Take to the Skies with Robyn Bennis’ The Guns Above
Thu, 04/06/2022 - 2:52pm — Emily Walton
If you’re looking for a fresh, new fantasy to get lost in, take to the skies with Robyn Bennis’ The Guns Above. Flying in from Tor in May, this debut novel follows Josette Dupre as she stumbles (bloodily) into the role of the first female airship captain Garnia has ever seen. But her new position is fraught with trouble when General Lord Fieren assigns his foppish aristocratic nephew, Lord Bernat, to accompany her crew … while recording and overstating any false step she makes!
But when Josette discovers enemy information, it’s up to her, her crew and the maturing Bernat to prove themselves. We were excited to learn more about the crew of the airship Mistral — luckily Robyn answered all of our questions and more!
RT: Josette is the first female airship captain the country of Garnia has ever seen, and while she has the skills to back it up, her promotion is quickly used as political tool. What is it about Josette that drives her regardless of what others think?
Robyn: Alcohol. No, wait. That's what drives me regardless of what others think.
For Josette, though she'd never admit it, her drive comes from her upbringing. She grew up in Durum, a backwater of Garnia where she had to hunt if she wanted to eat. She was conceived out of wedlock — a topic of gossip even as she was growing up — and raised by a single mother after her father died. So she's been enduring bad attitudes and fighting through them for her entire life.
None of this quite prepares her when she's put in the crosshairs by her own commanding officer, however. To keep going through that level of abuse, she'll need to draw strength from her friends, her love for her ship, and … yeah, maybe some alcohol.
Meanwhile, Lord Bernat is sent by his uncle to spy on Josette and her crew for political leverage. Foppish and money hungry, Bernat and Josette have very little in common. What will it take for Bernat to begin to see Josette in a different light?
As is often the case, they have more in common than they realize, and each has qualities the other would admire if given the chance. That's one of the most insidious things about prejudice. It masks personal virtues, impeding respect and making itself that much harder to eradicate. For Bernat to see the real Josette, he'll have to experience the sort of personal growth and clear-sighted reflection that usually takes years. Then again, aboard a flying death trap in the middle of a war zone, a faster sort of personal growth can sometimes occur.
Your apartment is within sight of Hangar One at Moffett Federal Airfield in California. How did real world planes and ships inspire your detailed and intricate descriptions of airships? How did you go about researching and creating their design?
It started with a flight on an actual airship — the Eureka — out of Moffett. While cruising over Silicon Valley aboard a real-life Zeppelin, I divided my time between staring in awe out the windows and peppering the pilot and co-pilot with questions. That was the foundation, and atop that I laid books on airship design, histories of storied airships, and War Department manuals on their operations. Very little of that information actually made it into the book, because that would be boring, but it shows through in the pages. Plus, if there's ever a zombie apocalypse, I'll have a good start on building my own airship.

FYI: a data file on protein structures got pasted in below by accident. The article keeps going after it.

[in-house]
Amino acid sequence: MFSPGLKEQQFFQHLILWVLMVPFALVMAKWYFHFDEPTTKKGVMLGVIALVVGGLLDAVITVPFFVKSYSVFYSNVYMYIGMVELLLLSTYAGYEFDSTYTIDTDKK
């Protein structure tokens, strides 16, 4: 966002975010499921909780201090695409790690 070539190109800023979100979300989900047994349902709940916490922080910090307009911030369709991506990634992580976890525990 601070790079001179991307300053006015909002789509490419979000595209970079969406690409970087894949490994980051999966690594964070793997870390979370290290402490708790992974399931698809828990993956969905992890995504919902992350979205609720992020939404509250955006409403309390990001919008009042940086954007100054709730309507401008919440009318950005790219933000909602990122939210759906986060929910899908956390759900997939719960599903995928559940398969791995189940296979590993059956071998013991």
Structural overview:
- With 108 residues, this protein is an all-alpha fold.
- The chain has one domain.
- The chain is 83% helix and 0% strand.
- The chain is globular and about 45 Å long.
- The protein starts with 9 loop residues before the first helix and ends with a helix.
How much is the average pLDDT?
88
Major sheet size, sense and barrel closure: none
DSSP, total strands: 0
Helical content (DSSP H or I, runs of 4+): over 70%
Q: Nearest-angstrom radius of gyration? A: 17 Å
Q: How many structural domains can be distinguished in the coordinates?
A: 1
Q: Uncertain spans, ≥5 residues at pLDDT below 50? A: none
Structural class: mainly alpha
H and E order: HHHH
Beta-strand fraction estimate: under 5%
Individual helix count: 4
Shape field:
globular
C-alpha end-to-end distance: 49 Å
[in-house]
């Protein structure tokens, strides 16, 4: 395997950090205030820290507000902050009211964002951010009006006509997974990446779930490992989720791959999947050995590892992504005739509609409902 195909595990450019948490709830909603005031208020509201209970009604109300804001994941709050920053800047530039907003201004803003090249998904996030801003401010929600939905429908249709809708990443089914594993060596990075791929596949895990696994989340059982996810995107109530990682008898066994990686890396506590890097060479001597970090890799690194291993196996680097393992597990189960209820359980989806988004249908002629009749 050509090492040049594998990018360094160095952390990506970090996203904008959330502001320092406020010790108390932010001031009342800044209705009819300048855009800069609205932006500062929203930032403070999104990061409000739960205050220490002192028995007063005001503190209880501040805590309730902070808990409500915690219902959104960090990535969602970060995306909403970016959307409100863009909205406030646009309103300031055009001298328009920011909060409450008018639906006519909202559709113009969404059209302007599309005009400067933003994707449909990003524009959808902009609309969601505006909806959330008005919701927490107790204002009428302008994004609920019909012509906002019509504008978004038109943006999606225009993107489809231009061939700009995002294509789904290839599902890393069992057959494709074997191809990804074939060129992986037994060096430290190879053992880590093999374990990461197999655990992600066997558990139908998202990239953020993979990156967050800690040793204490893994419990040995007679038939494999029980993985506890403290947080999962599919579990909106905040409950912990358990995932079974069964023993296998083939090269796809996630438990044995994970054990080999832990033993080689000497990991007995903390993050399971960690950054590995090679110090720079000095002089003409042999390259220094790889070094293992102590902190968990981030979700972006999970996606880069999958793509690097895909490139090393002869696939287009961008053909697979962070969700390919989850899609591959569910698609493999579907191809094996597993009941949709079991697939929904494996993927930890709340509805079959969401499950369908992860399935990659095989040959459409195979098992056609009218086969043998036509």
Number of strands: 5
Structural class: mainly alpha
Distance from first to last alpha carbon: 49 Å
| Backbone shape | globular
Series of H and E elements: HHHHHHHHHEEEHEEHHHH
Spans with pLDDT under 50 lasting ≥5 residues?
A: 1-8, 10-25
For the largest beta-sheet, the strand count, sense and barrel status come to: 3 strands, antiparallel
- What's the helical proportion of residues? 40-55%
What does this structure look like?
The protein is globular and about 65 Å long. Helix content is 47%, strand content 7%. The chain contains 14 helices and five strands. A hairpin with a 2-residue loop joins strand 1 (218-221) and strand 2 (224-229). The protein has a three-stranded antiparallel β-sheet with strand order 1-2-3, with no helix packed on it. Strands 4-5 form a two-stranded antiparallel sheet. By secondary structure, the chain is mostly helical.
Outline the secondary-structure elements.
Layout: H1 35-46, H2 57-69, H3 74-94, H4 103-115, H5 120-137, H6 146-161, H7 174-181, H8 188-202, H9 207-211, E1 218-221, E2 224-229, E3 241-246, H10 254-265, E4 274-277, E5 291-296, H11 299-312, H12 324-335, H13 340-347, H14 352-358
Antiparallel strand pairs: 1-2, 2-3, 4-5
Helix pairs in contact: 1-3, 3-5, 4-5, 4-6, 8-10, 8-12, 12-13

Can you tell us a little about your worldbuilding and where your inspiration comes from?
The worldbuilding in the air was, if not easy, then at least natural. From the very start, I wanted to bring the Age of Sail to a steampunk world, so I drew inspiration from a source I knew intimately: Patrick O'Brian's Aubrey-Maturin series. I blended that period feel with real, historical airship services to create Garnia's Royal Aerial Signal Corps.
The social and political aspects of Garnia required more deliberate planning, which goes to show the sacrifices I'm willing to make for my art. With more than a little assistance from my awesome editor, Diana Pho, I looked for the everyday experience of people living in great societies as they went into decline: Rome, the Golden Horde, and Byzantium in particular. In those societies, decline was accompanied by more and pettier squabbling among the leadership class. And though the history books don't often focus on the day-to-day life of the lower classes, it's difficult to read the histories of those empires and not suspect that the common folk smelled disaster long before their rulers did. I've worked to capture a taste of that in the Garnia we see through Josette and Bernat's eyes.
Your book cover is stunning. Did you have any input regarding the design?
I know, right? I love that cover so much. Tommy Arnold and the Tor art team did an amazing job. As is pretty typical at a big publisher, I had limited input into the cover — which bothered me right up to the moment I saw it. Now I'm quite happy with the process, because you sure can't argue with the results.
This is your debut novel — congratulations! What’s your advice to budding SF/F authors?
Six words: read, read, read, write, write, write. Read everything you can, and write whenever you can snatch a free moment. Apart from being born with freakish natural talent, that's how you make it.
After this engrossing read, fans are sure to be clamoring for more! Are you working on anything else right now?
I'm happy to report that I've just turned in revisions for the sequel to The Guns Above, which currently bears the working title, By Fire Above. So readers are guaranteed at least one more adventure with Josette and Bernat. Apart from that, I have some ideas simmering in the back of my head, ranging from supernatural to space opera. We'll just have to see where the winds take me.
We’re ready to embark! Pre-order your copy from one of these retailers: Amazon | B&N | Kobo | iBooks | Indiebound